Last week, the American Academy of Pediatrics (AAP) released a policy statement calling on pediatricians nationwide to be knowledgeable about teenage drinking, preventative measures to stop it and treatment options for adolescent substance abuse. The statement included information on how alcohol can interfere with the developing teenage brain, and the strong correlation between early alcohol consumption and alcoholism later in life.
John Knight, MD, director at the Center for Adolescent Substance Abuse Research (CeASAR) at Children’s Hospital Boston, says both parents and pediatricians should do more to combat adolescent alcohol use— especially in the coming months as the weather gets warmer and the prom/graduation season starts for many of the country’s teenagers.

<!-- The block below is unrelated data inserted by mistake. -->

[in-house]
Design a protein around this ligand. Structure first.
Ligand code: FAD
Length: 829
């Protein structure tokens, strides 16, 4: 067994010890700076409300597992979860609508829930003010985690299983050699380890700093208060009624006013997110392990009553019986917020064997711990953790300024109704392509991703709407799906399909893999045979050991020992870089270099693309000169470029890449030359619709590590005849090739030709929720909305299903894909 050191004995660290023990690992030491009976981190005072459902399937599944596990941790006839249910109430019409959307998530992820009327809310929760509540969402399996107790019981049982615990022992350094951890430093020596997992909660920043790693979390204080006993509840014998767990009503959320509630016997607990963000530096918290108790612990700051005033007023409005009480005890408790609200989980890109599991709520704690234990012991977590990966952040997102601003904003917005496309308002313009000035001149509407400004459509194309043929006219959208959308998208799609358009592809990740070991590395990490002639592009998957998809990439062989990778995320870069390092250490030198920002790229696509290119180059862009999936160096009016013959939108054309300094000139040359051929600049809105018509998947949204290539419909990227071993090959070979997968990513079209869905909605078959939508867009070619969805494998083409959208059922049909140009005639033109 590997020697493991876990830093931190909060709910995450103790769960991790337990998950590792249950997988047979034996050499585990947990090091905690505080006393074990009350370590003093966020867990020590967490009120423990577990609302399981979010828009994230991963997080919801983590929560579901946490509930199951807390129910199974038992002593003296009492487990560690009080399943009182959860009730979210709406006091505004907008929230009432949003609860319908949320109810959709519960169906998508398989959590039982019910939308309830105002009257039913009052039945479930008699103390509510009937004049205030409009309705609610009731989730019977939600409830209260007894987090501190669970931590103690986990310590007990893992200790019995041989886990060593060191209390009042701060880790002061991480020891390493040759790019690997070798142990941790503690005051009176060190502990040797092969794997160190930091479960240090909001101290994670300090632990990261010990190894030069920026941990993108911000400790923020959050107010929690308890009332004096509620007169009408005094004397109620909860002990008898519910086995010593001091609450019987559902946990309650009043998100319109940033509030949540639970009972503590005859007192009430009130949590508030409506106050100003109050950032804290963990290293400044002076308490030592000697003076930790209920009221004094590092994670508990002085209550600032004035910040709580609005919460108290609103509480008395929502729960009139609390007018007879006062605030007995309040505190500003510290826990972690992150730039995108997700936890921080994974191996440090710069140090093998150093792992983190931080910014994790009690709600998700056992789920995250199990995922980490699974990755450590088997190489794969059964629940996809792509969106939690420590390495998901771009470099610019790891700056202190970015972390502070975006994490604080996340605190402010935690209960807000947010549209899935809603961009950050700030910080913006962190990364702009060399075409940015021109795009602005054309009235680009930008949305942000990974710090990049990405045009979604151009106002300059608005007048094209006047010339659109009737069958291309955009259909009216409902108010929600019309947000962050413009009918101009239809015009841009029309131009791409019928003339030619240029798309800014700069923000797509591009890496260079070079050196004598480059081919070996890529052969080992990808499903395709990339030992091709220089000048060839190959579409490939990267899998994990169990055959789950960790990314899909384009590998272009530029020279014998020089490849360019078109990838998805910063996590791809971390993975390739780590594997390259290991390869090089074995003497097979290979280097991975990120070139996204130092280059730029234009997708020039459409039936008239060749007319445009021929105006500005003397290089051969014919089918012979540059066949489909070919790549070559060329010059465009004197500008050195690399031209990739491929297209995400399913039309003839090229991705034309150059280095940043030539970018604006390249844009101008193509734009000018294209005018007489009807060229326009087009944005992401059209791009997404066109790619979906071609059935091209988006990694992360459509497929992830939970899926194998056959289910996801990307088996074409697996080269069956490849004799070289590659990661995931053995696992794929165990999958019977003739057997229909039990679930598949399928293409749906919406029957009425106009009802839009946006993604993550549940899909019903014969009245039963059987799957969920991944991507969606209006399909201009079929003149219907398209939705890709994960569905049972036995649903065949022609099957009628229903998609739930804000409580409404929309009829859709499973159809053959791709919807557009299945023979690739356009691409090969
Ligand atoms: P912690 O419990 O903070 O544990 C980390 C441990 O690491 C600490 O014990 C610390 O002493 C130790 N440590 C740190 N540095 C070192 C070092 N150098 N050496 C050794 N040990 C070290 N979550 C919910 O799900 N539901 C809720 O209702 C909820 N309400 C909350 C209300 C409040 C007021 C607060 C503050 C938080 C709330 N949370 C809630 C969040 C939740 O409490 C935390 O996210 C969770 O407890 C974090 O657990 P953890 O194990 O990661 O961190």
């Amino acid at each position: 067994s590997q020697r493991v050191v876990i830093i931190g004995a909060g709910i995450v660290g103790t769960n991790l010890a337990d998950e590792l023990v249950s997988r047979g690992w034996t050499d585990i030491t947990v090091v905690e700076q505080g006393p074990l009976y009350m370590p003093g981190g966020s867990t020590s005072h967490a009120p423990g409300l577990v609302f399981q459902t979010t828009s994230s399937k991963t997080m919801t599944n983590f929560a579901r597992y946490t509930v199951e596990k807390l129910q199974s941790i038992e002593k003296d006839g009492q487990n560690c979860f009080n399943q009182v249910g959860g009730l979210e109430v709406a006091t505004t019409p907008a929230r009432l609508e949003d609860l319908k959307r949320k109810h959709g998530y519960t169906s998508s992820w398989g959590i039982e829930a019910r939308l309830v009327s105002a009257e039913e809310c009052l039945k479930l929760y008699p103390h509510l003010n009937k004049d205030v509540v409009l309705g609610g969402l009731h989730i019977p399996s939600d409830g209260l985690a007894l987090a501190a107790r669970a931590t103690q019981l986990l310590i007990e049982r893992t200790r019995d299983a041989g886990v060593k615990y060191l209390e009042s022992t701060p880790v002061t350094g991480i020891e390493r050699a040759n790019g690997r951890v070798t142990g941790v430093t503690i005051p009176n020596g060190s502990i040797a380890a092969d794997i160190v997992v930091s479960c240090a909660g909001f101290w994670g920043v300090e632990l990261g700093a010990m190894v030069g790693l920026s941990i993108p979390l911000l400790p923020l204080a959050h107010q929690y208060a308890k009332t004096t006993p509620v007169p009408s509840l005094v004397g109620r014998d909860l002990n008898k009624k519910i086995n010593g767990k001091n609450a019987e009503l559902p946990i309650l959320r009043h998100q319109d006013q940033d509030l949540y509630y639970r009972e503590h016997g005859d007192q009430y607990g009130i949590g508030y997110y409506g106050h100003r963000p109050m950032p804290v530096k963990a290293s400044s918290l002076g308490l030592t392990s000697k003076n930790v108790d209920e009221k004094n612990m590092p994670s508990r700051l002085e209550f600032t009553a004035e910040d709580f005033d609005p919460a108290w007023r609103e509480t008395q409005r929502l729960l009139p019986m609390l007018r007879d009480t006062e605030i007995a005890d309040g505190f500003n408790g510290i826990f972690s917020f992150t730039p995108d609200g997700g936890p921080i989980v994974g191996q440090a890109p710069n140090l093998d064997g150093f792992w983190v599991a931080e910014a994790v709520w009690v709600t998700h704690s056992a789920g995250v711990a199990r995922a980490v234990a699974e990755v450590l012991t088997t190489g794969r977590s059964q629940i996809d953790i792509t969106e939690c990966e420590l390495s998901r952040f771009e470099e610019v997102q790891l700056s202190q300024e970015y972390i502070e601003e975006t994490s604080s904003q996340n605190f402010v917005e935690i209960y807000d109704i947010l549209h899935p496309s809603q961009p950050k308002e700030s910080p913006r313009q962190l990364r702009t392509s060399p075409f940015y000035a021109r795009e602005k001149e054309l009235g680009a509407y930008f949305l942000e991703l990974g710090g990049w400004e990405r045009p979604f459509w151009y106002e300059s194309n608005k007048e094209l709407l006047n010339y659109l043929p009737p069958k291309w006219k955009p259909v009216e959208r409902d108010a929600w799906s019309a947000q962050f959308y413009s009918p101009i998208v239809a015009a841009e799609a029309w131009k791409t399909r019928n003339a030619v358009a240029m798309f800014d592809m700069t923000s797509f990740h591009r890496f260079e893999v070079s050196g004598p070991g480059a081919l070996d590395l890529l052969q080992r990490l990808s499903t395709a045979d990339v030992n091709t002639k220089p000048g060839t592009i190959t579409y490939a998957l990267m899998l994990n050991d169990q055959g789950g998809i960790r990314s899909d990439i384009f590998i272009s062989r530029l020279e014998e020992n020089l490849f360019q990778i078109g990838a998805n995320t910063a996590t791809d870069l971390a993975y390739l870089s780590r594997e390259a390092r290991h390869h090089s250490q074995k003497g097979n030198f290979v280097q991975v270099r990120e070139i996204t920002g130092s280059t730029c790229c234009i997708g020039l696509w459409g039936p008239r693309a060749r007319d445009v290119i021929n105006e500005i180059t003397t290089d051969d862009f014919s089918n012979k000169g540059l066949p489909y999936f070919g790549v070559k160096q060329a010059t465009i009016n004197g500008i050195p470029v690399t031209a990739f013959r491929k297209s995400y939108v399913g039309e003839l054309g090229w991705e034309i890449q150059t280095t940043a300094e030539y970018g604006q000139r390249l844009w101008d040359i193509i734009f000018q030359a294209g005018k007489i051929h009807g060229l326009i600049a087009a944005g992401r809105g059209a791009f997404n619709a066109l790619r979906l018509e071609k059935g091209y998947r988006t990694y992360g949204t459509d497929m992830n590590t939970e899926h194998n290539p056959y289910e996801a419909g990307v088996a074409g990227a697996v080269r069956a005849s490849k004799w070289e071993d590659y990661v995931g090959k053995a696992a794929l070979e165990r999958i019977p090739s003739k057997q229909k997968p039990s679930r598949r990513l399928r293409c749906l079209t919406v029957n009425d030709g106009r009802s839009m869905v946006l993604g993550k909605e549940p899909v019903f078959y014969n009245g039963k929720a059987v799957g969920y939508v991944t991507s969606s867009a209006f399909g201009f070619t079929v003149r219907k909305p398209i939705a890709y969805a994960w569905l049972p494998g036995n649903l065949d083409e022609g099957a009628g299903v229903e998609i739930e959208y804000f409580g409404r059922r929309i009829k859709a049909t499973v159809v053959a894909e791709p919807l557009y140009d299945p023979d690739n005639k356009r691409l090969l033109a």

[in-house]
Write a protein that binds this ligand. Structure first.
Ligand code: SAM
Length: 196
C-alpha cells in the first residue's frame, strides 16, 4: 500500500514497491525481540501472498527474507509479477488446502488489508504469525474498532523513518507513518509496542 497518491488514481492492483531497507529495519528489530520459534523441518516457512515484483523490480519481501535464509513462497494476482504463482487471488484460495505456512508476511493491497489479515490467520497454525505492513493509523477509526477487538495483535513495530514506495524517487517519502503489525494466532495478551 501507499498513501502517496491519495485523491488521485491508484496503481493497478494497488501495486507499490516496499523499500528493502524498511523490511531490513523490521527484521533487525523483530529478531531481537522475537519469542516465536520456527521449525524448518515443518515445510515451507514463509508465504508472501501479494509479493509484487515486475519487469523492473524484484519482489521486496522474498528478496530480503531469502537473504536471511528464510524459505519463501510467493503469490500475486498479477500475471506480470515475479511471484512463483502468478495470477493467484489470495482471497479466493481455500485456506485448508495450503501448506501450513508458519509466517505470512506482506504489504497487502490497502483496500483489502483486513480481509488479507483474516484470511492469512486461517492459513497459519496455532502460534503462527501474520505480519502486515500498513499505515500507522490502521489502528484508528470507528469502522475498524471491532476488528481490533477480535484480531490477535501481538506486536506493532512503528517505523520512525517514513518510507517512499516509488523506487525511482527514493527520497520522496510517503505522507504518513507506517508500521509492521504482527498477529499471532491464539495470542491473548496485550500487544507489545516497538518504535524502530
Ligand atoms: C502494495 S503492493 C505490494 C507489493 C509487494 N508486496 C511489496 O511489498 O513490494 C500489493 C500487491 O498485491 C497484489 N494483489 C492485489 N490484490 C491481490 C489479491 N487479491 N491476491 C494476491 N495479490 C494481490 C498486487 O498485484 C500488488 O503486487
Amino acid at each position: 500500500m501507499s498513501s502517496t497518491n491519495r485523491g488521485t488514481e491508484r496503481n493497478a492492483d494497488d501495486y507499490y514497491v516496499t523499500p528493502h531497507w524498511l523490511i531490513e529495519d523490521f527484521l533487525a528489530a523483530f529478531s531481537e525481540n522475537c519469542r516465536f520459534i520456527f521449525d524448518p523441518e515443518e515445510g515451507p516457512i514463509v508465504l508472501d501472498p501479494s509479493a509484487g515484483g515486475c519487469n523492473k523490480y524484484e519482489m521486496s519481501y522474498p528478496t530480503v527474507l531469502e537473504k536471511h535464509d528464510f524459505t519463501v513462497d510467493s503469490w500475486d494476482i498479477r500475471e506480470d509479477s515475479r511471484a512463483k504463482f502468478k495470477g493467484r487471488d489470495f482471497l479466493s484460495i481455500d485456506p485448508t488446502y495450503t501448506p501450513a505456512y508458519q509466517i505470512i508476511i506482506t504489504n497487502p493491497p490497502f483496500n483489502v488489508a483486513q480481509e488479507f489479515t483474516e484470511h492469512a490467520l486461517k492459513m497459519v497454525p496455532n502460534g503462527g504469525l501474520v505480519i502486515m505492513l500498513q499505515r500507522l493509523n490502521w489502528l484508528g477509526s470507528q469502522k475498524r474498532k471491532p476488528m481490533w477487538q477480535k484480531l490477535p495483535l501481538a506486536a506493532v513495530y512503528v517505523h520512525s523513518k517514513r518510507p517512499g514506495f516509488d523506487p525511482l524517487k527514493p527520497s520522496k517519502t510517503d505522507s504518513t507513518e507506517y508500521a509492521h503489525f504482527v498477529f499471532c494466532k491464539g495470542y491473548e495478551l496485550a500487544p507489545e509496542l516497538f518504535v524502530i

“We have data that suggest if doctors spend if one or two minutes discussing the negative effects of alcohol with their adolescent patients, there is a dramatic decrease in the number of kids who start drinking. You can reduce the prevalence of drinking from 40 percent to 20 percent,” he says.
“But parents have a lot of influence over their children too, even if they think they don’t, and therefore they need to set a model of behavior, especially with younger kids.” …